The economies of the UK, the US, Spain, the Netherlands and China stand to benefit from global corporate tax proposals being discussed by international leaders at this weekend’s G7 summit in Cornwall.
Using a complex methodology, including data on productivity, imports and investment to estimate the likely impact of the minimum 15% tax rate, trade analysts at Euler Hermes identified Spain, Poland, China and the Netherlands as clear winners; the US, the UK, Russia and Italy as relative winners; and Ireland, Brazil and Hungary among the clear losers from the deal.
“Though the eventual implementation of this agreement will take a long time because of ratification issues, the initiative represents a unique moment of global fiscal convergence,” the report states. “In the long run, the global minimum tax rate for MNEs could impact economies’ potential growth via different channels.”
These include the capital repatriation or productivity growth channels, terms of trade, public debt, public investment and corporate tax revenue of redistribution.
The G7 initiative with set global impact aims to reverse the long term decline in the statutory corporate tax rate. It is a response to the crisis caused by the Covid-19 pandemic, which has caused an increase in global public debt. The birth of a global minimum corporate tax aims to prevent the phenomenon known as base erosion and profit shifting (BEPS).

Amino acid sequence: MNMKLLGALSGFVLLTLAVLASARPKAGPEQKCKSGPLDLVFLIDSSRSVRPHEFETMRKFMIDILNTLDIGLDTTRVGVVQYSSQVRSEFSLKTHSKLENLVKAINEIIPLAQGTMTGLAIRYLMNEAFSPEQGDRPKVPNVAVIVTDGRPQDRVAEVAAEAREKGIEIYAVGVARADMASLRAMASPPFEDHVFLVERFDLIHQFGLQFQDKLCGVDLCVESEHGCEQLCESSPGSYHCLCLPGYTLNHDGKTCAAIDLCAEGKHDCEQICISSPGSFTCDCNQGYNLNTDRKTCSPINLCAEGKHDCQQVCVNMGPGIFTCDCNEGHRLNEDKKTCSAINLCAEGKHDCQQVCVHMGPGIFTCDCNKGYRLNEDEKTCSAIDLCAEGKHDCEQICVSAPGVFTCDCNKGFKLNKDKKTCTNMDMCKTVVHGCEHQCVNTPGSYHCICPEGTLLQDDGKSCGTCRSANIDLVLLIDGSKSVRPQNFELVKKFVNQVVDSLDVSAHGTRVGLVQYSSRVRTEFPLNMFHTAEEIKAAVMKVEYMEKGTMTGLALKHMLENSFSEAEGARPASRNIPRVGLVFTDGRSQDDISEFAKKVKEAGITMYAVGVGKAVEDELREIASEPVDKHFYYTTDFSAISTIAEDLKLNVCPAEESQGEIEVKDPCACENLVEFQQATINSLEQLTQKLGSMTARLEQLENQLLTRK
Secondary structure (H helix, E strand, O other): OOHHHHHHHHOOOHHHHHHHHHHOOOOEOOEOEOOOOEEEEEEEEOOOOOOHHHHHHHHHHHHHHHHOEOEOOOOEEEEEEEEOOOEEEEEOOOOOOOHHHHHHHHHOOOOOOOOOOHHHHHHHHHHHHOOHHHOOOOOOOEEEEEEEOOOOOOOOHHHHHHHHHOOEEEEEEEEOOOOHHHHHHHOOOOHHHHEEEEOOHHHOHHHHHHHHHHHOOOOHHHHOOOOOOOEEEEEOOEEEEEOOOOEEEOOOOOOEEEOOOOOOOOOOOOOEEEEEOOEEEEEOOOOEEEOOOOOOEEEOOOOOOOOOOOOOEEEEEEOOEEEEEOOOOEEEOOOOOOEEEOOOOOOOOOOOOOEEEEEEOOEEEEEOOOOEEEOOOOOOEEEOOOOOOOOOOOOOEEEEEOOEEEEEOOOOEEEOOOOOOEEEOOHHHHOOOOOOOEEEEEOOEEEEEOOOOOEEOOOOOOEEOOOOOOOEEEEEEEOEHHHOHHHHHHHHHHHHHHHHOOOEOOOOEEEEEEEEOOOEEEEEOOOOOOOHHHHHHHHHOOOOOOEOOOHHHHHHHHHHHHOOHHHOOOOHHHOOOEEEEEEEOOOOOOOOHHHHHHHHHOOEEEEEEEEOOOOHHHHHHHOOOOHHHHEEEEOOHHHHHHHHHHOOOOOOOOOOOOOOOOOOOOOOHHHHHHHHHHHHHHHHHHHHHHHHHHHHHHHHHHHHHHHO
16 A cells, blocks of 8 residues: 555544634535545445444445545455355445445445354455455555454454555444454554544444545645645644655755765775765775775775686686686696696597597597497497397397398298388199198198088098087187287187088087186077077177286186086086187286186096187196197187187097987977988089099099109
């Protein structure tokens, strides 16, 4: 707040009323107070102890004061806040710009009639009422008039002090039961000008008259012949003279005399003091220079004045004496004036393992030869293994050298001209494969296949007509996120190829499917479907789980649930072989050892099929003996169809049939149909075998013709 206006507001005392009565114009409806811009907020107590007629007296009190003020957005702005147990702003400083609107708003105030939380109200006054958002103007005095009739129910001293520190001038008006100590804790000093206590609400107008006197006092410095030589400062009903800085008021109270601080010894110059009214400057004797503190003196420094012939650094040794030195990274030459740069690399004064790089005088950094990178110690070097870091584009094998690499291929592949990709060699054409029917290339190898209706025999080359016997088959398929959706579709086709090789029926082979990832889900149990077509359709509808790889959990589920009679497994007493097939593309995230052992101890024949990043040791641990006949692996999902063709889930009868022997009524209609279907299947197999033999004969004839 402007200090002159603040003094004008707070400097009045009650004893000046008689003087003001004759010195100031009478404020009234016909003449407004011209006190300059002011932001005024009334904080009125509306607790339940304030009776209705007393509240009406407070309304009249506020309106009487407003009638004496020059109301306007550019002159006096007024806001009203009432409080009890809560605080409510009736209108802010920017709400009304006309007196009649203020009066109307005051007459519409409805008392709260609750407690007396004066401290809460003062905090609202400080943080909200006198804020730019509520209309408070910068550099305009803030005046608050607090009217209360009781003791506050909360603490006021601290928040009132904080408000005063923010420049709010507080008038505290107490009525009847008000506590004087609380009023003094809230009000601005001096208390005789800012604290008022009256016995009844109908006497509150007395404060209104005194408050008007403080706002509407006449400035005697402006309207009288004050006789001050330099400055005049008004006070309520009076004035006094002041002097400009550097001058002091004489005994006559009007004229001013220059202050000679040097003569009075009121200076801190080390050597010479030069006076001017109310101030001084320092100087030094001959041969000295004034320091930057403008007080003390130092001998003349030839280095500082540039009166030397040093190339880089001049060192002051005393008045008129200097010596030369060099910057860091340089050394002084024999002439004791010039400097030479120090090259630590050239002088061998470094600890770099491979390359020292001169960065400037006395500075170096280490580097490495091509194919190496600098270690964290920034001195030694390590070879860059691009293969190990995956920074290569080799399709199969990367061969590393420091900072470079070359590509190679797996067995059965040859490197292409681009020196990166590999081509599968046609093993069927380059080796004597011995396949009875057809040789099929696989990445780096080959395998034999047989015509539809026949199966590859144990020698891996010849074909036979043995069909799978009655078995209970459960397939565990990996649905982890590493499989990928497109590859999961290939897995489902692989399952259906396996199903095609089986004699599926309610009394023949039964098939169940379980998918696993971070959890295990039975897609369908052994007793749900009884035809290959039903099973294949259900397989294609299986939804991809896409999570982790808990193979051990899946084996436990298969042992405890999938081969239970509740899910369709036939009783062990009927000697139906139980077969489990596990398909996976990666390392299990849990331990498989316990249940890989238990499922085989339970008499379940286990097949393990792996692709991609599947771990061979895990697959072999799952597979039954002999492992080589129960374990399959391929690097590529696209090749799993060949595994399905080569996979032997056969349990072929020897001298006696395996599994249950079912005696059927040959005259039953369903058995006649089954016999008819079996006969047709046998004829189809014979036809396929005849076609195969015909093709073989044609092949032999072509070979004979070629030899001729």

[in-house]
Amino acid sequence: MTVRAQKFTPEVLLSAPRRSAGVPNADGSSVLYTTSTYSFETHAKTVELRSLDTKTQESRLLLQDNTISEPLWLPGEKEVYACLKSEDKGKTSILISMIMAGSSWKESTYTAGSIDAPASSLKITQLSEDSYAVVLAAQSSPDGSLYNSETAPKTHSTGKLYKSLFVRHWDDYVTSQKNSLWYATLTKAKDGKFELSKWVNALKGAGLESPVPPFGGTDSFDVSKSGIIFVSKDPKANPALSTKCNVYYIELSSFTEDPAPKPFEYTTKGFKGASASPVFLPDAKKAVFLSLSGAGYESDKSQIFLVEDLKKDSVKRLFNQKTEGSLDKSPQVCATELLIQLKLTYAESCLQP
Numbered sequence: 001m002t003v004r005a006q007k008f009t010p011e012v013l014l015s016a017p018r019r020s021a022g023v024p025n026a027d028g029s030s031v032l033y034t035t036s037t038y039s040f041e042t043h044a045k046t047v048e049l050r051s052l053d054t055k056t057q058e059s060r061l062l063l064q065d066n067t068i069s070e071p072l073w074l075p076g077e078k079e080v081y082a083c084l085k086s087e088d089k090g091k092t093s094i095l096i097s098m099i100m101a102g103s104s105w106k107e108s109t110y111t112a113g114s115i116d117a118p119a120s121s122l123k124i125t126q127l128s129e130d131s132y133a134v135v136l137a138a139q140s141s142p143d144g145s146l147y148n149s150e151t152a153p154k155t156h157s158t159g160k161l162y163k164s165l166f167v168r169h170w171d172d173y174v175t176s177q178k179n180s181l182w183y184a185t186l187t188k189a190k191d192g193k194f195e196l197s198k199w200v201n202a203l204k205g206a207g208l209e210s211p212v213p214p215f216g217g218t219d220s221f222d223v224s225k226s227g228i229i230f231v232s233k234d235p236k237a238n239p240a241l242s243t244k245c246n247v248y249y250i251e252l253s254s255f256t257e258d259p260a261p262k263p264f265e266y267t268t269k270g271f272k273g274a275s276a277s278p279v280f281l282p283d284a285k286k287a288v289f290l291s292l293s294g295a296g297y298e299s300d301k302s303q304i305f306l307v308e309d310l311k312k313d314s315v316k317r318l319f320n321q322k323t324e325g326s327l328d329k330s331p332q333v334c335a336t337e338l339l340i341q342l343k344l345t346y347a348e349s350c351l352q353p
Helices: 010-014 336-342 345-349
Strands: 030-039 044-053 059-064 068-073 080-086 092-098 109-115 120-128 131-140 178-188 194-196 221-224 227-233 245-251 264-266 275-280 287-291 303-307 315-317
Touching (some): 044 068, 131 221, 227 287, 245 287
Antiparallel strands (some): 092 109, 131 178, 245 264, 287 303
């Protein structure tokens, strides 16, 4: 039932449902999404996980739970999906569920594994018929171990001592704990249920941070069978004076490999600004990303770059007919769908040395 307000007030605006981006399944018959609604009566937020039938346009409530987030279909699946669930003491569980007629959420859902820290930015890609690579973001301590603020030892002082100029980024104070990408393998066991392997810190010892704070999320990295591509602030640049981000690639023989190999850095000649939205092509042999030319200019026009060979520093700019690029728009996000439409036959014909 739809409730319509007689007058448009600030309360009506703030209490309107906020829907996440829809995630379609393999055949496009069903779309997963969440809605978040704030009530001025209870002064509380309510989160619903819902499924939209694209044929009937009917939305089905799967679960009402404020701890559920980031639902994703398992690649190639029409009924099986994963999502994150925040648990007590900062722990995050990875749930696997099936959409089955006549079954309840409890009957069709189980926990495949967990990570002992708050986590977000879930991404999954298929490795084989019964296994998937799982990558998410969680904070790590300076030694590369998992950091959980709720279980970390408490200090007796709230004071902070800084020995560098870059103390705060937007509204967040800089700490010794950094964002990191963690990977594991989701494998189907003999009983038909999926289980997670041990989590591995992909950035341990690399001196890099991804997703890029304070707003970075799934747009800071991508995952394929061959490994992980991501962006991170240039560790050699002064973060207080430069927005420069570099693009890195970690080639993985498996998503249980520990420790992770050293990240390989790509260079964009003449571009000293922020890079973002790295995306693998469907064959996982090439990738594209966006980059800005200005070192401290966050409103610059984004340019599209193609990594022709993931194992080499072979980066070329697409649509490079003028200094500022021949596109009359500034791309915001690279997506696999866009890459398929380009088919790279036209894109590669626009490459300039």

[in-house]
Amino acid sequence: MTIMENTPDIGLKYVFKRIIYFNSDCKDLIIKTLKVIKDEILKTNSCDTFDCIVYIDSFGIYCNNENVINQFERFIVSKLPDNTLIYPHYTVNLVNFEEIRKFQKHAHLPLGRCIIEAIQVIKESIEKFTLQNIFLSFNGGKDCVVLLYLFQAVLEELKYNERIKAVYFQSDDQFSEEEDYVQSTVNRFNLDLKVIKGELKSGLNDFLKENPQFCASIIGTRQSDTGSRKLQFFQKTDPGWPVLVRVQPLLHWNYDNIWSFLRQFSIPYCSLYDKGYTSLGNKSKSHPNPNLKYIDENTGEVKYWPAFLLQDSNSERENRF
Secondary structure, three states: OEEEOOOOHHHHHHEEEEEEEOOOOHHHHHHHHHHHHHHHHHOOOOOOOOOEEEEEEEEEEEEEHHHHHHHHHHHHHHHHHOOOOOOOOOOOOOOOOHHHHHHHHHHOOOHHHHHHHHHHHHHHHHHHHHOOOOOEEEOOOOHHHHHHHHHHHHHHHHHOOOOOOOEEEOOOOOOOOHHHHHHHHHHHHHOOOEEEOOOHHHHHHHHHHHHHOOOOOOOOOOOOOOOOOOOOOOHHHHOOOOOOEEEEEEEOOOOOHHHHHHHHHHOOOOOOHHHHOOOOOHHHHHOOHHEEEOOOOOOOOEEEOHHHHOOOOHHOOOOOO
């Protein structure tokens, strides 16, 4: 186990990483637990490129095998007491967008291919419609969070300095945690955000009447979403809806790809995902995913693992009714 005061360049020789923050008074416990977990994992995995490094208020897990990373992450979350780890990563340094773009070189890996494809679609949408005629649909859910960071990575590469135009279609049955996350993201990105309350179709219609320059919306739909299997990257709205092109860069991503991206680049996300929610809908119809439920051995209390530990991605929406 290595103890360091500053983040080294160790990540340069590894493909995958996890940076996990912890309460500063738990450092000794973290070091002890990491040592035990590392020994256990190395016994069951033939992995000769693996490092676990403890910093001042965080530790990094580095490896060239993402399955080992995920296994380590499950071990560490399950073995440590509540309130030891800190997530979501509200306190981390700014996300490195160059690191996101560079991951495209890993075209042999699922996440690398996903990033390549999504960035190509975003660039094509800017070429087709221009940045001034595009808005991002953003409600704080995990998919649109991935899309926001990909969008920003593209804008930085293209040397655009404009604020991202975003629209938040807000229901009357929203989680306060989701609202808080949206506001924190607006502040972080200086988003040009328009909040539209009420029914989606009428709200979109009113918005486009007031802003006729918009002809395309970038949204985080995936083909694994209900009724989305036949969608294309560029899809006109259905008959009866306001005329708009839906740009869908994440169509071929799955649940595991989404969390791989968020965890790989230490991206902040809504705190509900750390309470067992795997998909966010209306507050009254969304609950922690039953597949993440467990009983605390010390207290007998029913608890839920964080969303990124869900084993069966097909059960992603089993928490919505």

The governments of the world will get on the starting block when a larger group of G20 meets to endorse the initiative of the G7. The G7 initiative will cause global sprint to start a major negotiation process, and the potential agreement is expected to be signed in October 2021 during the next G20.
The G7 is made up of seven countries that are among the world’s most important economies. These are France, Japan, Germany, the United States, Great Britain, Italy and Canada.
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